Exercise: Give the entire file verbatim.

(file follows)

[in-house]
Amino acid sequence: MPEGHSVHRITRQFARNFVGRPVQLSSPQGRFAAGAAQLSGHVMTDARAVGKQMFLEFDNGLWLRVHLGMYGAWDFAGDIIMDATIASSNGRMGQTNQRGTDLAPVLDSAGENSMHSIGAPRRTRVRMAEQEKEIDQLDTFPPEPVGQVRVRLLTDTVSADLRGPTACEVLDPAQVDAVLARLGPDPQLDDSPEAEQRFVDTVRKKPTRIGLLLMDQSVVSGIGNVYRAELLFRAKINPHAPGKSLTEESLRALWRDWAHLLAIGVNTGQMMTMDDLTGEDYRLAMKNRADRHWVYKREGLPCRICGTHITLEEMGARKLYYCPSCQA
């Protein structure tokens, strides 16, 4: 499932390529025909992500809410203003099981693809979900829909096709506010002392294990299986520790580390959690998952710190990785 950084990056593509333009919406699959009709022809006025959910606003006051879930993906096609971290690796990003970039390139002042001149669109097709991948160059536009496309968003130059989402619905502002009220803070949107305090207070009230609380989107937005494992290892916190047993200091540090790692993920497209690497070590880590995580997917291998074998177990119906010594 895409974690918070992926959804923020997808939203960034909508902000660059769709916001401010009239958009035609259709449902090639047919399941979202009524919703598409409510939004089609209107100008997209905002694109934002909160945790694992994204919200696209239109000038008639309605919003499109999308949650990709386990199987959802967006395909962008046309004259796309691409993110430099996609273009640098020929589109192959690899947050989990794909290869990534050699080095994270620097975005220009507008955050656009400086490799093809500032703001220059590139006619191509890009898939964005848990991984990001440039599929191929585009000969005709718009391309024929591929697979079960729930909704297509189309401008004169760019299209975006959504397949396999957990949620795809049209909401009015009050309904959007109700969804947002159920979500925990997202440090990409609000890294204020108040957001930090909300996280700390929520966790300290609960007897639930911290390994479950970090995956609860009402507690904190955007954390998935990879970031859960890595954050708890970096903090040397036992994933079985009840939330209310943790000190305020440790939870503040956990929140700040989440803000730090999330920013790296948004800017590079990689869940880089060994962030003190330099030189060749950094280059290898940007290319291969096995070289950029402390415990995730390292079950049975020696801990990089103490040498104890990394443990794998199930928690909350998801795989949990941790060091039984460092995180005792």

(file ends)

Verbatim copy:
[in-house]
Amino acid sequence: MPEGHSVHRITRQFARNFVGRPVQLSSPQGRFAAGAAQLSGHVMTDARAVGKQMFLEFDNGLWLRVHLGMYGAWDFAGDIIMDATIASSNGRMGQTNQRGTDLAPVLDSAGENSMHSIGAPRRTRVRMAEQEKEIDQLDTFPPEPVGQVRVRLLTDTVSADLRGPTACEVLDPAQVDAVLARLGPDPQLDDSPEAEQRFVDTVRKKPTRIGLLLMDQSVVSGIGNVYRAELLFRAKINPHAPGKSLTEESLRALWRDWAHLLAIGVNTGQMMTMDDLTGEDYRLAMKNRADRHWVYKREGLPCRICGTHITLEEMGARKLYYCPSCQA
């Protein structure tokens, strides 16, 4: 499932390529025909992500809410203003099981693809979900829909096709506010002392294990299986520790580390959690998952710190990785 950084990056593509333009919406699959009709022809006025959910606003006051879930993906096609971290690796990003970039390139002042001149669109097709991948160059536009496309968003130059989402619905502002009220803070949107305090207070009230609380989107937005494992290892916190047993200091540090790692993920497209690497070590880590995580997917291998074998177990119906010594 895409974690918070992926959804923020997808939203960034909508902000660059769709916001401010009239958009035609259709449902090639047919399941979202009524919703598409409510939004089609209107100008997209905002694109934002909160945790694992994204919200696209239109000038008639309605919003499109999308949650990709386990199987959802967006395909962008046309004259796309691409993110430099996609273009640098020929589109192959690899947050989990794909290869990534050699080095994270620097975005220009507008955050656009400086490799093809500032703001220059590139006619191509890009898939964005848990991984990001440039599929191929585009000969005709718009391309024929591929697979079960729930909704297509189309401008004169760019299209975006959504397949396999957990949620795809049209909401009015009050309904959007109700969804947002159920979500925990997202440090990409609000890294204020108040957001930090909300996280700390929520966790300290609960007897639930911290390994479950970090995956609860009402507690904190955007954390998935990879970031859960890595954050708890970096903090040397036992994933079985009840939330209310943790000190305020440790939870503040956990929140700040989440803000730090999330920013790296948004800017590079990689869940880089060994962030003190330099030189060749950094280059290898940007290319291969096995070289950029402390415990995730390292079950049975020696801990990089103490040498104890990394443990794998199930928690909350998801795989949990941790060091039984460092995180005792």